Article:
So I'm looking for a way to enable a customer to dial in to his/her
    machine, check it out, and then hang up.

    DTMF would be ideal, but I can't figure out how to enable DTMF for a
    cell modem - I suspect it's a lost cause.

  4. Re: cell phones

    CptDondo writes:

    > Randy Yates wrote:
    >> CptDondo writes:
    >>
    >>> Does anyone know if it is possible to dial in to a linux box with a
    >>> cell phone?
    >>>
    >>> I need to control some equipment with a cell phone, and I'm trying to
    >>> figure out an approach - DTMF, or something like ppp, or something
    >>> else?
    >>>
    >>> Can I set up a linux box with a cell modem as a GPRS 'server'? And if
    >>> so, how do I get the cell phone to connect to i?

    >> I'm not sure why you'd want to establish such a complex system
    >> yourself
    >> when folks like AT&T, Cingular, SunCom, etc., have already done that for
    >> you.

    >
    > Customer demands... Basically, the machines I'm trying to connect to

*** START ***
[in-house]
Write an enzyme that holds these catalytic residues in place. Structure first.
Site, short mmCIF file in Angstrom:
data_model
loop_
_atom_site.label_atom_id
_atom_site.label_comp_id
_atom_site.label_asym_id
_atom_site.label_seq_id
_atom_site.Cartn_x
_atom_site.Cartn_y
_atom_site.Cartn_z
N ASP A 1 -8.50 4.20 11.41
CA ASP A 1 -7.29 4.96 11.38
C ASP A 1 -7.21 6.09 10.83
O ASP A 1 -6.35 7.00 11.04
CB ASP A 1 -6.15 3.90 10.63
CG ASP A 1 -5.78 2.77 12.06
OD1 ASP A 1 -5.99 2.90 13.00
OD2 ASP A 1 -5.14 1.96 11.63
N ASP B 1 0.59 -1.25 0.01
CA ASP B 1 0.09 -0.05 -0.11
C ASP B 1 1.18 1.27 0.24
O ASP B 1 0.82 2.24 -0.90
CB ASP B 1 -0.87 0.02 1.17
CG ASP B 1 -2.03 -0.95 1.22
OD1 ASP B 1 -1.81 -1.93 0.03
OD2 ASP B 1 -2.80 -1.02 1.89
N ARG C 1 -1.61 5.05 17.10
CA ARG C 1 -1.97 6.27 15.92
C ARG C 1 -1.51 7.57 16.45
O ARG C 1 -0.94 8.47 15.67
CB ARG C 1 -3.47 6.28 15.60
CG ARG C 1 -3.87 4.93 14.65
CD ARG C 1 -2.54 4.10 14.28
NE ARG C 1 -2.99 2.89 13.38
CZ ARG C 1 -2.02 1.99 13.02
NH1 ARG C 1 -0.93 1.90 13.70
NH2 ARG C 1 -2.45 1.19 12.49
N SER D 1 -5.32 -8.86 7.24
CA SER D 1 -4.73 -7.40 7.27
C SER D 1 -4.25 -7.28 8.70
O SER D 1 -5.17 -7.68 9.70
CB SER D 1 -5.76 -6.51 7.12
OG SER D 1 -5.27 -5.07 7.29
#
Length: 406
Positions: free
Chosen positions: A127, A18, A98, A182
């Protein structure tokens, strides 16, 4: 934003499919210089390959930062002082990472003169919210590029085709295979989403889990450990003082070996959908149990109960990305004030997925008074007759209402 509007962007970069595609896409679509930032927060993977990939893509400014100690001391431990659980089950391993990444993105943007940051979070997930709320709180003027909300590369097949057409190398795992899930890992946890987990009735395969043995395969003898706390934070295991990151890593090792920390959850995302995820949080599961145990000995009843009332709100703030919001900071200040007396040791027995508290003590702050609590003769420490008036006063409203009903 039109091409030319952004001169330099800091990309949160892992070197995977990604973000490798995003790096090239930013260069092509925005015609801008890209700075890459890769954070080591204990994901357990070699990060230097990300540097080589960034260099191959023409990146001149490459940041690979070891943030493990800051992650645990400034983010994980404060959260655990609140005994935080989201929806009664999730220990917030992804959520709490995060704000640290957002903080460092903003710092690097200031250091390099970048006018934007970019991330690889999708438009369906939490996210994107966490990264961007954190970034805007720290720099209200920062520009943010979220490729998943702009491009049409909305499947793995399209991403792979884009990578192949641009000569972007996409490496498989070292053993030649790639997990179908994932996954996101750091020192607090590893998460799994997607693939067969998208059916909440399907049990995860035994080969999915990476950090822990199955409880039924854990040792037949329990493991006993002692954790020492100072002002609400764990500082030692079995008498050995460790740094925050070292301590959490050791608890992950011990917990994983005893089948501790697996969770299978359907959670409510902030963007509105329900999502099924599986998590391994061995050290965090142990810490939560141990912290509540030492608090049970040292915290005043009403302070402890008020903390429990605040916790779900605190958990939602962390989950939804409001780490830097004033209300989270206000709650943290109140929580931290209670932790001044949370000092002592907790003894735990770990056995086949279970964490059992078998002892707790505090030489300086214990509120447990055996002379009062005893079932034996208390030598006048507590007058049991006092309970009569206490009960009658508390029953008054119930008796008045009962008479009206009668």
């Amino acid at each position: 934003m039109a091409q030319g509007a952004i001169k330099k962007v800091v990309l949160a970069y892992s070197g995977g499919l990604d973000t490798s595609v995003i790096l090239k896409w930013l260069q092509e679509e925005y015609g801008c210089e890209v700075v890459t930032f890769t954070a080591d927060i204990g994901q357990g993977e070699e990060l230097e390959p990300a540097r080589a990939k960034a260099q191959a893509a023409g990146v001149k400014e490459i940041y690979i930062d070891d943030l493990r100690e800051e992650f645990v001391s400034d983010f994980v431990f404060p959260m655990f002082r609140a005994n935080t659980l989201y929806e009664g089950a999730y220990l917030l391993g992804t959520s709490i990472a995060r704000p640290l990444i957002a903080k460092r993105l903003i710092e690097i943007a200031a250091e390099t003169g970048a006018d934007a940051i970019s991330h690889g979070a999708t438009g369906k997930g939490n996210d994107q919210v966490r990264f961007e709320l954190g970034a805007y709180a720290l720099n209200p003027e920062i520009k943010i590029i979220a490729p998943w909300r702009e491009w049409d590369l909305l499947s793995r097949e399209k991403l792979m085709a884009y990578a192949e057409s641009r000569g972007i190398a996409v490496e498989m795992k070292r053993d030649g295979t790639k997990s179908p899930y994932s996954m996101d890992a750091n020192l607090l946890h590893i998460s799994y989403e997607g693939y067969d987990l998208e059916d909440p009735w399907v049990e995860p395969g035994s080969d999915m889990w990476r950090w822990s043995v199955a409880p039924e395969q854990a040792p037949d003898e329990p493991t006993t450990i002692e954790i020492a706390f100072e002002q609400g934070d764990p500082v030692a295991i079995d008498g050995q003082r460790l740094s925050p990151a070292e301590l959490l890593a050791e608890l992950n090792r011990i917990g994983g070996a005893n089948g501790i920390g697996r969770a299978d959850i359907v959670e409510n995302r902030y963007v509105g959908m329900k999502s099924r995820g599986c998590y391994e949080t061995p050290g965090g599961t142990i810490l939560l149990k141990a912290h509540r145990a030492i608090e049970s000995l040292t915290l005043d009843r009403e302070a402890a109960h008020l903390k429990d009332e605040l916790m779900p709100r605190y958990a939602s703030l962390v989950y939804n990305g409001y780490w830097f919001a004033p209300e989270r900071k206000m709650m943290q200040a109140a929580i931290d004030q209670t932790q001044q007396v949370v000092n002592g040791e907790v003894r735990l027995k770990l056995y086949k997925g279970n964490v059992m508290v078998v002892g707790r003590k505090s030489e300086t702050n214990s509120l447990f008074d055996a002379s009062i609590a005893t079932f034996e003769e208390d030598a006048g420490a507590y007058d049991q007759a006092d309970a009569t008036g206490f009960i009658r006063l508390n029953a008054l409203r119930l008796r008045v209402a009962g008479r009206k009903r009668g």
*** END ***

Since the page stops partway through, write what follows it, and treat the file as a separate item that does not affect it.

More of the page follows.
> have no way to connect to connect to the web other than via a cell
    > phone.


    I'm confused - what is the physical interface? How do you connect a
    computer to the web with a cell phone? The closest I can come to
    making sense of your statement is that you have a modem on the
    computer and can establish a connection to the ISP through the
    standard POTS interface, but this has nothing to do directly with a
    cell phone.
    --
    % Randy Yates % "And all that I can do
    %% Fuquay-Varina, NC % is say I'm sorry,
    %%% 919-577-9882 % that's the way it goes..."
    %%%% % Getting To The Point', *Balance of Power*, ELO
    http://home.earthlink.net/~yatescr

  5. Re: cell phones

    On 08/06/2007 09:52 PM, CptDondo wrote:
    > Does anyone know if it is possible to dial in to a linux box with a cell
    > phone?


    Yes.

    > I need to control some equipment with a cell phone, and I'm trying to
    > figure out an approach - DTMF, or something like ppp, or something else?


    Yes, impossibly the following might be what your looking for:

    mgetty - Smart Modem getty replacement
    mgetty-pvftools - Programs for listening and manipulating pvf and rmd files